British Columbia

Olympic Village tenants fear eviction over bills

Will low-income tenants at Vancouver's former Olympic Village have to pay their unexpectedly high utility bills and face eviction if they don't? It depends who you ask.
People in social housing at Vancouver's former Olympic Village say they can't pay the utility bills 2:02

Low-income tenants at Vancouver’s Olympic Village say they fear eviction and are getting mixed messages about their unexpectedly high utility bills and whether or not the bills will have to be paid.

Officials are still trying to figure out how hot water and heating charges will be covered, but evictions are not being contemplated over the issue, according to Thom Armstrong, executive director of the society managing the buildings.

"Talk about evicting anyone is completely premature," Thom said Thursday. "We have told the tenants that we want to listen to their concerns."

Thom said the society is taking "the steps necessary to make sure the billing is being done on a basis that is understood, is fair and equitable to everyone."

But a senior city official says all residents will soon have to start paying their utility bills — bills which city funds have been paying up to now.

"We can’t responsibly use taxpayer dollars to subsidize their bills indefinitely," said Deputy City Manager Sadhu Johnston. "If they are unable to stay in those homes, we would work with them to help find a home they could afford to stay in."

In August the city announced it would hire an independent engineering firm to review the energy costs of tenants living in the subsidized housing and would stop billing village residents while the review is underway.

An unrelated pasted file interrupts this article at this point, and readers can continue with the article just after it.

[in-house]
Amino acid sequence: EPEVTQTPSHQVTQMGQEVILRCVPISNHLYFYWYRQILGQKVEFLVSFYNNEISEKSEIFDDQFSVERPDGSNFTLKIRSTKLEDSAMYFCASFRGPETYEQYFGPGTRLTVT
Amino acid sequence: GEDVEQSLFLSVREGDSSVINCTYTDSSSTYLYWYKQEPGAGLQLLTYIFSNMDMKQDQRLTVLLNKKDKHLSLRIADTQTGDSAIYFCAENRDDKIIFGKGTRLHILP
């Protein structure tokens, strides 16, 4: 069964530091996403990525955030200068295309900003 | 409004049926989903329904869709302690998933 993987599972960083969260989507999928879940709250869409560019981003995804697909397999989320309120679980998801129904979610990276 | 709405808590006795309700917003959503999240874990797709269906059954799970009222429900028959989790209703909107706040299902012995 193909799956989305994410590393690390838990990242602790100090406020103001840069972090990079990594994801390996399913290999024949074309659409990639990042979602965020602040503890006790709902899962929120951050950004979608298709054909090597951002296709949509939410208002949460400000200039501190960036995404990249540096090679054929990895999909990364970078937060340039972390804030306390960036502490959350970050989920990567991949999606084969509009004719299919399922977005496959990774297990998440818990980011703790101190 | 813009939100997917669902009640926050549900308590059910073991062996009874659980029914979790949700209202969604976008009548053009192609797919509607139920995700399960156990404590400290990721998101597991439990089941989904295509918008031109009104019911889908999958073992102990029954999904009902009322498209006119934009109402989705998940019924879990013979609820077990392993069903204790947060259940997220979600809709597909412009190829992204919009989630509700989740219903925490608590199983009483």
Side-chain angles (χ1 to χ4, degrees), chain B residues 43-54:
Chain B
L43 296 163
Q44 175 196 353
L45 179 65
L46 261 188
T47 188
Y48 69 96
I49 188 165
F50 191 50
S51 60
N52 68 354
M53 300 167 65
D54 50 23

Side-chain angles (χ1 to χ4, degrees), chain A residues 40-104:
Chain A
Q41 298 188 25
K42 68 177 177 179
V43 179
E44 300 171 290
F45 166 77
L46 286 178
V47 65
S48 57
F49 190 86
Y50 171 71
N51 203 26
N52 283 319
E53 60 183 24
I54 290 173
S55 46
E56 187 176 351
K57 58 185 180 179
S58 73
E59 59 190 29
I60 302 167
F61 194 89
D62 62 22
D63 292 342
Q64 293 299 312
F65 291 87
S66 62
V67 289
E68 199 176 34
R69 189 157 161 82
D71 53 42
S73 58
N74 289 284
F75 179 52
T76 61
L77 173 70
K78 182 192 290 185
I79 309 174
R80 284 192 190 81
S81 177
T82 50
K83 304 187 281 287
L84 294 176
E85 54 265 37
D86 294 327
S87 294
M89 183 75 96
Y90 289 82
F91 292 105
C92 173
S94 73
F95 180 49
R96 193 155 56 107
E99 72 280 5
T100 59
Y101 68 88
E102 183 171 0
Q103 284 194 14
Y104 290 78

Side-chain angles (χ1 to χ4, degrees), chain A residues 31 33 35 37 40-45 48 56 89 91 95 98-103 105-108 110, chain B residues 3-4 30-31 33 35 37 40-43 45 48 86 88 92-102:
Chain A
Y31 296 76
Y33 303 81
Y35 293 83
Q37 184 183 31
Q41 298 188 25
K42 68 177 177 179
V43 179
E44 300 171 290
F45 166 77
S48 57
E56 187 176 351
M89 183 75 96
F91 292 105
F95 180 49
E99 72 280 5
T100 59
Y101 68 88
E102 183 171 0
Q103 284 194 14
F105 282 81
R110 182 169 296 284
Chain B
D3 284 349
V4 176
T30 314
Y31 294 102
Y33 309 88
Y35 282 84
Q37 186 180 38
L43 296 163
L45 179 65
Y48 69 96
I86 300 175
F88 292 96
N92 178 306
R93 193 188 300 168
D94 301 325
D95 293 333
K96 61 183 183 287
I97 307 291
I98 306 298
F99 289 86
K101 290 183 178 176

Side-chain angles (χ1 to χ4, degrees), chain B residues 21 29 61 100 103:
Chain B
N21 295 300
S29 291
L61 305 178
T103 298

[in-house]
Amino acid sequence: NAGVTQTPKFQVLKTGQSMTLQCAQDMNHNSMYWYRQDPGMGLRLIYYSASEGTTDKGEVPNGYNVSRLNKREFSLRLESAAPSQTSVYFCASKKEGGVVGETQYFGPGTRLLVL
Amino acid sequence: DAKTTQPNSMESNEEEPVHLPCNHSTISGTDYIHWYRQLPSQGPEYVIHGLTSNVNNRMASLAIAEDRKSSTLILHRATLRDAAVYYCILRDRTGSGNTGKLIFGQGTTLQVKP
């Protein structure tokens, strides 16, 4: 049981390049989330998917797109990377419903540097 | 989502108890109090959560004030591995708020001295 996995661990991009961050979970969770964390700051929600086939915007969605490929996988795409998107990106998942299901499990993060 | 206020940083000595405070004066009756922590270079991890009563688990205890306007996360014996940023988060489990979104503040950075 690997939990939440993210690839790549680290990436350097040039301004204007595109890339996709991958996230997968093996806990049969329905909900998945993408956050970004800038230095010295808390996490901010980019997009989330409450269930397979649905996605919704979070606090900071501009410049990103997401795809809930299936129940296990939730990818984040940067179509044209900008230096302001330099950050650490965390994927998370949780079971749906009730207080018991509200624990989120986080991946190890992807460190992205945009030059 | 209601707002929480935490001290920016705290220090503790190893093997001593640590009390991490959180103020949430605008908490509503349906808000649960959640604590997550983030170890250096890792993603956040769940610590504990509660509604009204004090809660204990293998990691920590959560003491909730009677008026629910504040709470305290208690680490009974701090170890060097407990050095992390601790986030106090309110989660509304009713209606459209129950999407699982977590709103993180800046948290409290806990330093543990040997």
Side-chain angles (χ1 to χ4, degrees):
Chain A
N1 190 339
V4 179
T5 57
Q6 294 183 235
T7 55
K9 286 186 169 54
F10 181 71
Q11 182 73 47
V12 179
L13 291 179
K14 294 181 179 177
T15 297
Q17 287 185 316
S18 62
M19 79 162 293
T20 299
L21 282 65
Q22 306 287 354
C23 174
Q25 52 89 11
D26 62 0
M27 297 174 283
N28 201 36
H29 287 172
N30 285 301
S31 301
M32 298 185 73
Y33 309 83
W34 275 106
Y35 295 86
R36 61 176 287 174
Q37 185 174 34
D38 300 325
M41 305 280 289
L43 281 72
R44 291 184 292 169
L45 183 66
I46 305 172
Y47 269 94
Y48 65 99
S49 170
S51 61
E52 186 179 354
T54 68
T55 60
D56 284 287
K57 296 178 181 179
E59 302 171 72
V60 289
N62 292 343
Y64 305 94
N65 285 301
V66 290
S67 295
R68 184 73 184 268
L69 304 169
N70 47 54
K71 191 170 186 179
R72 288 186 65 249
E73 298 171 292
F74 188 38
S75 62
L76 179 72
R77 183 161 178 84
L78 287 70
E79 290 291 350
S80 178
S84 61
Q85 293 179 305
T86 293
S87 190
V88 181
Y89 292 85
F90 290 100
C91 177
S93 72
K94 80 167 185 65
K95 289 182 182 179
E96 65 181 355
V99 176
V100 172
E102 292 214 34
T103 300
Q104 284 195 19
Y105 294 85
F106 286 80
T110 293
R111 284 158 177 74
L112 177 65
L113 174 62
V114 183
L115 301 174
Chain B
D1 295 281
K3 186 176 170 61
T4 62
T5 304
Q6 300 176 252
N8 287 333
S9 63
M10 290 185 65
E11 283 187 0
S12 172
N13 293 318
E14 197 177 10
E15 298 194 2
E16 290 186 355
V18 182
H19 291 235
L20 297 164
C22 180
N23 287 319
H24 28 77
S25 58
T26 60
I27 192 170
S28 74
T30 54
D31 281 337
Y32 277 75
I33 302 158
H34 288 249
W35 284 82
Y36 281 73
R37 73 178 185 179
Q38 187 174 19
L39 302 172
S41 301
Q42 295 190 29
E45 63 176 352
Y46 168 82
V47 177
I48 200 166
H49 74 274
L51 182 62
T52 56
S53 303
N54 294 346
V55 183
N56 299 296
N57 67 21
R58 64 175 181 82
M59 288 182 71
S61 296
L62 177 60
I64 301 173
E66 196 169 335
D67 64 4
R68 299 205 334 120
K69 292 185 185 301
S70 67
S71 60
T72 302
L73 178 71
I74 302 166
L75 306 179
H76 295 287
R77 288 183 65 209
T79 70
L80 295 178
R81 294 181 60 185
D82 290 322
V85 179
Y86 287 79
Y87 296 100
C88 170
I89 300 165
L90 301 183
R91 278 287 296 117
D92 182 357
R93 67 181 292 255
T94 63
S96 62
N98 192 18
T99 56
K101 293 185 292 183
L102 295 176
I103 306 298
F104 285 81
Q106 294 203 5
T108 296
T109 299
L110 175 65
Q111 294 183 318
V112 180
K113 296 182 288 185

Using space heaters

Pivot Legal Society lawyer Scott Bernstein says he has been working with tenants to document their concerns. He says many were never told that there would be any other power bills except from B.C. Hydro when they moved into the subsidized housing.

But in May, the tenants began receiving bills from the local utility distributor Enerpro, ranging from $40 to $150 dollars, on top of their regular hydro bills. To make matters worse, the bills included heating charges for times when the heat was not even working and the tenants were forced to use space heaters to keep warm, according to Bernstein.

"Most tenants were told repeatedly that their utility bills would be 'next to nothing', often after repeatedly asking about utilities and expressing concern about affordability at the Village," says Bernstein. 

Resident Arlene Lemoigne claims she was charged $48 after living in her unit for just four days.

"I am very angry. I am stressed out to no end," said Lemoigne.

Others, who used to live on the streets, say the utility bills could put them back there.

"If we were forced to pay this bill, we would have to move — where, I have no idea, because there is nothing cheaper than this," said Connor Mikonnen.

The city says there have been issues with how the equipment at the village monitors energy use, but those issues are close to being resolved. Once that happens, early in the new year, residents will be expected to pick up their own tab.

With files from the CBC's Kirk Williams